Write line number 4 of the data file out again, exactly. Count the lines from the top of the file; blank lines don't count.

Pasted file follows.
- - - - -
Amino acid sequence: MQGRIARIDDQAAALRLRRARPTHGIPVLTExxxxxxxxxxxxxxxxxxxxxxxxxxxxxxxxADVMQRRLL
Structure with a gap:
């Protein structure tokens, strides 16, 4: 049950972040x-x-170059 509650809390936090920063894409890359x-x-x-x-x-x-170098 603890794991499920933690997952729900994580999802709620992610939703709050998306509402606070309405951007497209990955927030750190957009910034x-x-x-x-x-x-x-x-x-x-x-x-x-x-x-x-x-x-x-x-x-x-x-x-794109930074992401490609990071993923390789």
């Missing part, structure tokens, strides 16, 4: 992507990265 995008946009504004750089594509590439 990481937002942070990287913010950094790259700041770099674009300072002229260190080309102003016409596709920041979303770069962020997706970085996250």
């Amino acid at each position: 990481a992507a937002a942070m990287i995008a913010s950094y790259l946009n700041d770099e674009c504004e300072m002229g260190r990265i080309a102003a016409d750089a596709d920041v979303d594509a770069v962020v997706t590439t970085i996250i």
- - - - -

């Missing part, structure tokens, strides 16, 4: 992507990265 995008946009504004750089594509590439 990481937002942070990287913010950094790259700041770099674009300072002229260190080309102003016409596709920041979303770069962020997706970085996250």